Re: [TLS] Naming that TLS session/connection instance thing

"tom.petch" <> Thu, 31 December 2009 09:35 UTC

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From: "tom.petch" <>
To: Marsh Ray <>, Nelson B Bolyard <>
References: <><> <> <051b01ca88a1$e6bc6920$0601a8c0@allison><> <>
Date: Thu, 31 Dec 2009 09:33:51 +0100
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Cc: IETF TLS Working Group <>
Subject: Re: [TLS] Naming that TLS session/connection instance thing
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----- Original Message -----
From: "Marsh Ray" <>
Subject: Re: [TLS] Naming that TLS session/connection instance thing

> Nelson B Bolyard wrote:
> > On 2009-12-29 08:13 PST, tom.petch wrote:
> >>>> Nelson B Bolyard wrote:
> >
> >>> The "thing" on which I wanted to hang the name "TLS channel" is (in some
> >>> sense) defined by a cipher and a MAC and a pair of cipher keys and MAC
> >>> keys.  It is uniquely identified (IINM) by the contents of a pair of TLS
> >>> Finished messages, which is probably why the TLS channel binding proposal
> >>> wants to use the contents of the pair of TLS Finished messages as its
> >>> identifier (IINM).
> >> I think that nailing a term to this concept is an excellent idea.
> >>
> >> As Marsh just said, and Nico amplified on 7Dec09, channel bindings refers
> >> to the first such thing as long as subsequent renegotiations are bound
> >> to the first (which the fixes under discussion would do); if they are not
> >> bound, then each handshake would generate a new secure channel with its
> >> own bindings which makes the use of 'channel' for 'thing' a bit flaky.
> >
> > Well, yes, it was my understanding that each handshake does indeed generate
> > a new secure channel with its own bindings.  Each has its own pair of
> > Finished messages, which are the identifiers of the bound channel (are they
> > not?) in the TLS channel binding proposal/draft/RFC (whatever it is today).
> > Therefore, it would seem wrong to me to allow a "TLS channel", identified
> > by the contents of one pair of finished messages, to be used to
> > identify/bind to another channel that was the result of another handshake.
> >
> > In any case, I want to hang a name on that thing that changes with every
> > handshake.
> "Connection state" doesn't sound all that bad now. Probably I've been
> looking at it too much!
> > Clearly the new renegotiation scheme creates another thing that
> > can survive renegotiations,
> I don't think it creates a new thing, it just fulfills a guarantee that
> everyone thought had been there all along.
> > and that should also have a name that is
> > distinct from the name for the thing I'm trying to name.
> Everybody in the world (except us with our heads in the protocol specs
> and the implementation code) thinks of this as an "SSL socket" or "TLS
> connection".
> TLS is a "connection oriented" protocol, and the specs repeatedly use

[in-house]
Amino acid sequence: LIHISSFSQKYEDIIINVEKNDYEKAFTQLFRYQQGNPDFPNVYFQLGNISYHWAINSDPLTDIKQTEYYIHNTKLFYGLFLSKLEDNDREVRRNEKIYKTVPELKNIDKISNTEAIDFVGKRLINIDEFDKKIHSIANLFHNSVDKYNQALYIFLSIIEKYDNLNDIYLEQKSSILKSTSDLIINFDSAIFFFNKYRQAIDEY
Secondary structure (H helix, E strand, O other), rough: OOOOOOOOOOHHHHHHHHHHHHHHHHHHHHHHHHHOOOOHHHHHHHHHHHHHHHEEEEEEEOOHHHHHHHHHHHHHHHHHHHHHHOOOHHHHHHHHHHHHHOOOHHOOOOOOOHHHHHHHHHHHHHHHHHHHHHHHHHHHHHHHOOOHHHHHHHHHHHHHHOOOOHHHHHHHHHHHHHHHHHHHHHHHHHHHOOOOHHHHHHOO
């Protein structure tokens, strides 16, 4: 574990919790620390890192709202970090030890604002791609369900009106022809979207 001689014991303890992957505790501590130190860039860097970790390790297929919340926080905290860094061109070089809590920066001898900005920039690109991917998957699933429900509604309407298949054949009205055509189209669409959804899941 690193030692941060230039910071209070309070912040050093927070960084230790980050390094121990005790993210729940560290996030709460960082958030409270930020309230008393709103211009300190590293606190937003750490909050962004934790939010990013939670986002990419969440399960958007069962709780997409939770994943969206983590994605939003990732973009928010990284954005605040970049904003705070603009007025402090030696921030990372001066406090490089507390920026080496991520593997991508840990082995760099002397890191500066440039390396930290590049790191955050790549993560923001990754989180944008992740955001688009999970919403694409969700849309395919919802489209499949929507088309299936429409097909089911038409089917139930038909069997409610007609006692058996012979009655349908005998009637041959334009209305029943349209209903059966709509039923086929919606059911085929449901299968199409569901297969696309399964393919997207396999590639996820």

> the term "connection" in talking about them.
> >> Back on 2Nov09, Nico seemed to refer to this thing as a TLS connection
> >> (and cited Larry as using the term security context for the same
> >> concept).
> >
> > If "TLS Channel" more accurately describes that thing that survives
> > renegotiations,
> It doesn't sound like it to me. "Channel" sounds deeply ambiguous and
> I'm still not sure that it's even the right concept.
> > then I would withdraw my proposal to use that name for the
> > thing that changes with every renegotiation.  I am inclined to ask Nico to
> > make that call.
> >
> >> But then, on 2Dec09, Eric agreed that TLS connection and TCP connection
> >> were one-to-one which, since renegotiation can occur within a TCP
> >> connection, would rule out TLS connection for this thing.
> >
> > Maybe we'd find some more ideas for names in some old standards such as
> > ANSI X9.17
> The goal was not to create a new thing, but to fix an existing thing.
> Perhaps we don't need to find new names, but standardize the existing
> usage. Hmmm, except that strangely there really wasn't much need to
> refer to an "instance of a session on a connection", so it never really
> developed a good term.

The lengthy threads over the past eight weeks have tripped over the
lack of terminology several times and there has also been some consensus
that RFC5246 and its predecessors are not as easy to follow as they
might be for their use of session, connection, renegotiation, rehandshake,...
(And I still think that there is an ambiguity in the I-D that I struggle
to communicate because of this lack).  And Nico has said he wants
this clarified as part of channel binding suggesting that
"draft-altman-tls-channel-bindings, which defines (or soon will) the term ought
to update RFC5246" (3Dec09)

We already have thing1, thing2, thing3, ... we are not creating anything new,
we just do not have terms for them, which costs time in misunderstandings
and, perhaps, makes defects such as the current one harder to spot.

For myself, I have litle concern as to what we call this if only we could
agree on a name; connection state would be fine (as would section, link...) .

And then we should go on to agree a name for the thing that - with the fix -
survives renegotiations; etc.  Nico may have Secure Channel lined up for

Tom Petch

> >> Plenty of synonyms in Roget (vide 'junction') but I would go for
> >> (TLS|security) context.
> "Context" is what the MS SSPI calls it, but that is an extremely general
> interface which supports all kinds of auth packages. I think "context"
> ends up being an overly general name, to the point of meaninglessness.
> Regardless, I feel we should be prepared to ship the fix even if we
> don't have the nomenclature perfected. I believe in the importance of
> good names more than most, but in this case it's not worth holding up
> the protocol fix for even one more day for things that can be addressed
> in future documents.
> - Marsh
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